Quesada spoke briefly about the importance of having a unified feel to all Marvel Television’s animated shows. “I think it’s something that’s very, very important to us. I always like to refer to things more as a consistency than continuity,” he said. “You’re very, very aware that it is a Marvel show. This is something that when we first started out with Marvel Studios that when you went to a Marvel movie, you got a very unique and clear sense that what you’re seeing is a Marvel movie. It’s the same with our animated shows. It’s something that started a very long time ago when Stan and Jack created this thing called Marvel and started a house sensibility.”
While the members of the Agents of S.M.A.S.H. are a team, it’s a team full of distinct personalities. “That allows for a lot of fun, when these different personalities rub against one another and sparks fly,” said Dini. “They really are a contentious, grumbly family. It’s a dynamic that a lot of viewers will recognize themselves in. … They all have these very distinct personalities and overcoming their contentious nature as a lot of the fun. It does sometimes impede their ability to work effectively as a team.”
“Each wants something different out of the family dynamic,” said Quesada. “They’re tied by the fact that they can smash.”
However, everybody also brings a different skill set that they bring to the table. While Hulk is the core smasher, Red Hulk brings his tactical sensibility and weaponry, She-Hulk is a more agile and lithe, Skaar has a sword and A-Bomb has a cloaking ability.
According to Dini, animation series have become a lot faster. “The language of animation storytelling has changed,” said Dini. “The storytelling is very fast. I think animated shows over the last 20 years — when you look back at action-adventure shows — they’ve become a little slower. Our goal with [‘Agents of S.M.A.S.H.’] was to move things along a little faster.” To accomplish this, the show uses quick cuts, getting into the Hulk’s head a la “Ultimate Spider-Man” and “it’s all become a part of the language of animated storytelling.”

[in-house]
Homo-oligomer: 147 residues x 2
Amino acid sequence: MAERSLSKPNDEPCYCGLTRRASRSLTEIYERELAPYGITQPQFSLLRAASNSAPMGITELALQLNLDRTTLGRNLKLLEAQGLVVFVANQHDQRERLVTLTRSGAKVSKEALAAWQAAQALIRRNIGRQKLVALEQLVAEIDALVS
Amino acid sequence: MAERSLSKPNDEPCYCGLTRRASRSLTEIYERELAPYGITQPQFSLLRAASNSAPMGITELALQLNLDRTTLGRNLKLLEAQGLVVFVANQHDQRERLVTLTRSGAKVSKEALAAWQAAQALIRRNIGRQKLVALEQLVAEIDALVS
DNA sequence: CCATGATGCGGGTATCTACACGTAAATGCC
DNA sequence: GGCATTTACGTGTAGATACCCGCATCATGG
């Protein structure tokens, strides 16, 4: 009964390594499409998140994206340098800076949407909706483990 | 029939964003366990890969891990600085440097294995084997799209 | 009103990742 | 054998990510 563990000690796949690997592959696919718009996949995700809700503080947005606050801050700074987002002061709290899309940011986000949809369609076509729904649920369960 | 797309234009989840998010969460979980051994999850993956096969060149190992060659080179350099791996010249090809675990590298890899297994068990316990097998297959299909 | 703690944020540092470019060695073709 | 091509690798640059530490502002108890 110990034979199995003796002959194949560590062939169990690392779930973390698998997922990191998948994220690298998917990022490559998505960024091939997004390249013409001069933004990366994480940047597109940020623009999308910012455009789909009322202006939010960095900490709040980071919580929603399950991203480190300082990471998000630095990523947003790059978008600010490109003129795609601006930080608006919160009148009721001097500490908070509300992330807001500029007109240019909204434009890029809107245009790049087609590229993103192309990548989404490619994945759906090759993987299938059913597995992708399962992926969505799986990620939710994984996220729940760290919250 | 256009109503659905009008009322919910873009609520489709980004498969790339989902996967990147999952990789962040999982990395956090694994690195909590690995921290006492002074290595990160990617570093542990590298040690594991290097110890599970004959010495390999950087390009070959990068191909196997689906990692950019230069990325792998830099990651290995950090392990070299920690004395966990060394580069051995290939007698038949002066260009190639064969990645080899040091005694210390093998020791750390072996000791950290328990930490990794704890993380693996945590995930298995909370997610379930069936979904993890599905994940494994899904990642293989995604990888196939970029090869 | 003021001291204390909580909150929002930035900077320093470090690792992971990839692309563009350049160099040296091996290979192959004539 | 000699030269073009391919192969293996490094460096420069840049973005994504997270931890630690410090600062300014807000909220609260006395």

“The bar in animation storytelling was raised a long time ago,” said Quesada. “It’s interesting that Paul was so instrumental in it, and we sit around in our writer’s room saying, ‘How can we make stories as good as that Paul Dini guy did?'”
One of the characters that will challenge the Hulks is unsurprisingly the Leader. “The Leader has evolved from a stock baddie to a really good counterpart to the Hulk. He’s very brainy and he lacks as far as physical strength, but one of the things about writing a character that is really evil, but really smart, is he really gets into their heads. There’s a lot to be said about brains over brawn. It’s brain over brawn in a bad way and that makes the dynamic of the show very challenging for our heroes.”
Tatasciore discussed his favorite line he got to say as the Hulk — other than “Hulk Smash!” “I just like it when I get to say something scientific!” Tatasciore said. “It’s sort of more when he gets quietly uncomfortable with some things and you have to go inward. I like playing that note, almost like Lurch. It’s more of a tone that’s fun, when I get to play nuances when he gets awkward. I think we have him in a tuxedo at some point.”
“There’s a great scene when they’re in a small diner and a little girl comes up and Hulk just holds up a menu to his face,” said Dini, referencing a time when Tatasciore gave a nuanced performance.
Dini also spoke briefly on Seth Green’s ability to ad-lib. “I’d say nobody knows more about comic book characters than Seth Green with very few exceptions,” said Dini. “When he brings that knowledge in and says it into the microphone, we just hit record.”
As viewers head into premiere weekend, Quesada said they’ll have the opportunity to see the team come together. “That is absolutely one of the most fun parts about the pilot.”
“When we first came up with the introduction of the Hulk, Joe said, ‘How about he’s just in this underground bunker and sitting in the dark and that’s where he wants to be?'” said Dini. “Even the Hulk can play the part of reluctant hero, as he does in this before he’s prompted into action by Rick.”
“The great thing about the series is that there are going to be evolutions to the characters and their relationships,” said Gilroy. “We’re going to see their relationships grow.”
“Hulk and the Agents of S.M.A.S.H.” debuts Sunday, August 11th on Disney XD.